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The goal of any glaucoma treatment is to prevent vision loss by lowering pressure in the eye caused by excess fluid. This doesn’t necessarily mean surgery. In fact, the majority of people with glaucoma can manage the condition with medication—usually in the form of eye drops.
When we say “excess fluid” in glaucoma patients’ eyes, we’re not talking about extra tear production. Instead, we are referring to the fluid that is produced in the eye and normally drains back into the venous system. When your eye produces too much fluid or the drainage system doesn’t work correctly, fluid builds up and creates pressure in the eye.
There are many types of glaucoma medications. Some cause the eye to make less fluid, while others help fluid drain from the eye. Let’s look at the types of glaucoma medication available, their side effects and how we help patients follow their medication regimen.
Types of glaucoma drugs and their side effects
Most glaucoma medications come in the form of eye drops. There are some glaucoma drugs that you take by mouth, but they’re used far less often. Some more common types of eye drop medications include:
These drugs increase the outflow of fluid in your eye. You might know them by the names Lumigan, Travatan Z and Xalatan.
Prostaglandin analogs are often the first line of treatment that your doctor will recommend. This is because you only need to take these drops once a day and there are few side effects. The main problems patients have with these drugs are red or stinging eyes.
The drugs also can cause the eyelashes to grow and cause light-colored eyes, such as blue or hazel, to get a bit darker. These side effects are far less common and don’t cause most patients to stop taking the drugs. In fact, many women enjoy the longer lashes!
These are the second most common type of medication prescribed for glaucoma, and they work by reducing the amount of fluid produced in the eye. Examples include timolol and betaxolol.
Side effects of beta blockers include difficulty breathing, a slowed heart rate and lowered blood pressure. For this reason, they can cause problems for people with heart and lung conditions, such as heart rhythm disorders (arrhythmia), asthma and emphysema. Beta blockers are related to blood pressure medications, so we’re also careful about prescribing them to patients on these medications so we don’t lower their blood pressure too much.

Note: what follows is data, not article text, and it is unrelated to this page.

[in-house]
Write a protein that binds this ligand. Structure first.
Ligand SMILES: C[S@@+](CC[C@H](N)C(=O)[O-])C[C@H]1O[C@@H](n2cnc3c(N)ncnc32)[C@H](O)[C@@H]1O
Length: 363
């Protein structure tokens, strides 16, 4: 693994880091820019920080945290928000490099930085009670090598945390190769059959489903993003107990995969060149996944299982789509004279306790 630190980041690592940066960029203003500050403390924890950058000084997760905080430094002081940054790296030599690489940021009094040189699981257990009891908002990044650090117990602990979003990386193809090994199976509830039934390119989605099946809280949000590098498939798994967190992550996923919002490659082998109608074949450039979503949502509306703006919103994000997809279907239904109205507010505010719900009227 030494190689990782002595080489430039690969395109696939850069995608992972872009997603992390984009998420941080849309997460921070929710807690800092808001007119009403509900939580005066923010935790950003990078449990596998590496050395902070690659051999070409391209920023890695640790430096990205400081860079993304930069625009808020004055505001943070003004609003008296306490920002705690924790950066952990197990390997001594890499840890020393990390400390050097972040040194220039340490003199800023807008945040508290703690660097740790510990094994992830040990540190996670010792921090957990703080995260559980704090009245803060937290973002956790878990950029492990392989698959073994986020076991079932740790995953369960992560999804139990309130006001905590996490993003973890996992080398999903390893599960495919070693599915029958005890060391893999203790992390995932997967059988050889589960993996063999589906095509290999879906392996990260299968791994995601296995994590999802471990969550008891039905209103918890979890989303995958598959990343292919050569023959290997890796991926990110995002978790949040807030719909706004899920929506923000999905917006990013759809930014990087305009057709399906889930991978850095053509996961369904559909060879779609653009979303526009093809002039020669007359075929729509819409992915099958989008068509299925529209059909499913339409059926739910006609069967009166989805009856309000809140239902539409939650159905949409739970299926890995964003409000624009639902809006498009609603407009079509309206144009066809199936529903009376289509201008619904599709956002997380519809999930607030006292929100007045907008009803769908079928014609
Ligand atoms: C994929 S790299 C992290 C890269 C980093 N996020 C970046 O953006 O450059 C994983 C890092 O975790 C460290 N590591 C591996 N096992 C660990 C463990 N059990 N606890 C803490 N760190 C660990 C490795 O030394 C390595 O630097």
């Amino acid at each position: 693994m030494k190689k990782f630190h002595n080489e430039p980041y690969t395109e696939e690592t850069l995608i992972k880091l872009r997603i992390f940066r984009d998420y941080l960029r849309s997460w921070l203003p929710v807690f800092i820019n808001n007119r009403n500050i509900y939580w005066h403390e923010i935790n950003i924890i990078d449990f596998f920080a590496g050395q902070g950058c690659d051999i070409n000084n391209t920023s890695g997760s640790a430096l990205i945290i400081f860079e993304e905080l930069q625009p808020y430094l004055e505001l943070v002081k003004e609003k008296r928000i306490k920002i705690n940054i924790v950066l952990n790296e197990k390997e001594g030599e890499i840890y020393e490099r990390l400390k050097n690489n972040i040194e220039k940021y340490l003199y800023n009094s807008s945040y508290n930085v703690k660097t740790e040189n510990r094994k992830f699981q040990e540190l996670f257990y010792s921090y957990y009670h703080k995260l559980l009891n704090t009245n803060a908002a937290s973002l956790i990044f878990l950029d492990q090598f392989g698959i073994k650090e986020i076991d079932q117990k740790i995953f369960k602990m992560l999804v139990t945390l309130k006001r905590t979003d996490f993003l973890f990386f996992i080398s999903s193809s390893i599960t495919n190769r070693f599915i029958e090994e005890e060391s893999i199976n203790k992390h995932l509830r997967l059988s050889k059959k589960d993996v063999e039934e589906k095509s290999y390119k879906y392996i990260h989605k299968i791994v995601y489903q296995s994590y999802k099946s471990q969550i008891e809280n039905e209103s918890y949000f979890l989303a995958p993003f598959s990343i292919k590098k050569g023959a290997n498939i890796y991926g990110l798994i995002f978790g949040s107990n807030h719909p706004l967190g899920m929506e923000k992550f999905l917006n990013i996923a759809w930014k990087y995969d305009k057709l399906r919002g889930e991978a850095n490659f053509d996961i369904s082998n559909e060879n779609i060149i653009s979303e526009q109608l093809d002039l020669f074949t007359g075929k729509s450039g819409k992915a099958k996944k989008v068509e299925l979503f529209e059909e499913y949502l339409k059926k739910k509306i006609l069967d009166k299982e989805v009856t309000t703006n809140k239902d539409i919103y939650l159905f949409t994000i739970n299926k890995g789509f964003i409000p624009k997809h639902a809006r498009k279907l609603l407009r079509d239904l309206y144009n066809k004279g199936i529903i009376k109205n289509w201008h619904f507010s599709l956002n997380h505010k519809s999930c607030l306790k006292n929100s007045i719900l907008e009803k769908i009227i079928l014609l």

These drugs both reduce fluid production and increase drainage in the eye. A common type is Alphagan. The most common side effects of alpha-adrenergic agonists are red, itchy eyes. They also can cause an irregular heartbeat, high blood pressure and fatigue.
Carbonic anhydrase inhibitors
These drugs, which are used less often for glaucoma and also come in a pill form, reduce the production of fluid in the eye. Examples of carbonic anhydrase inhibitors include dorzolamide and brinzolamide. Carbonic anhydrase inhibitors can cause a metallic taste in your mouth; tingling in the hands or feet; and burning, red eyes. They also have been associated with kidney stones.
Improving medication compliance for glaucoma patients
As with any medication, glaucoma drugs only work if you take them—and take them correctly. Not doing so risks vision loss. Unfortunately, one of the biggest hurdles we face when it comes to glaucoma medication is compliance, which refers to patients taking their medication as prescribed.
In fact, according to the Glaucoma Research Foundation, up to 25 percent of glaucoma patients don’t take their medication at all. And another big group of them don’t take it properly, which could mean they forget to take some doses, take it at the wrong time, or take too much or too little.
There can be many reasons for this. One is that patients often are motivated to take medications because they see results. Glaucoma often has no symptoms, so it can be tempting to stop taking your medication or become lax in taking it exactly as prescribed.
Related reading: 5 tips to improve medication compliance
We try to help patients with compliance by finding the simplest, yet effective, medication regimen possible. For example, if you take two eye drops a day, we may be able to find a combination medication that combines two drops in one bottle, so you only have to take one drop a day.
Your doctor should spend time teaching you how to use your medications correctly. This includes making sure you know what time of day to take them, how much to take and how to put drops into your eye.
Reducing side effects of glaucoma drugs also is important to improve compliance. No one wants to take a medication that causes pain or discomfort. Most eye drops will cause an uncomfortable burning or stinging, but this should only last a few seconds. If you experience side effects due to your glaucoma medication, contact your doctor. They may be able to change the medication or dosage over the phone, or they might advise you to stop taking the medication until you can come in for an appointment.
We don’t currently have a cure for glaucoma. While medication usually is the first line of defense against glaucoma, there may come a point at which you’ll need more than drugs to prevent vision-threatening damage. This could include laser procedures such as selective laser trabeculoplasty (SLT), minimally invasive glaucoma surgeries (MIGS) , more traditional surgery, or a combination of medication and surgery. But medication often can delay or in some cases prevent the need for advanced treatment.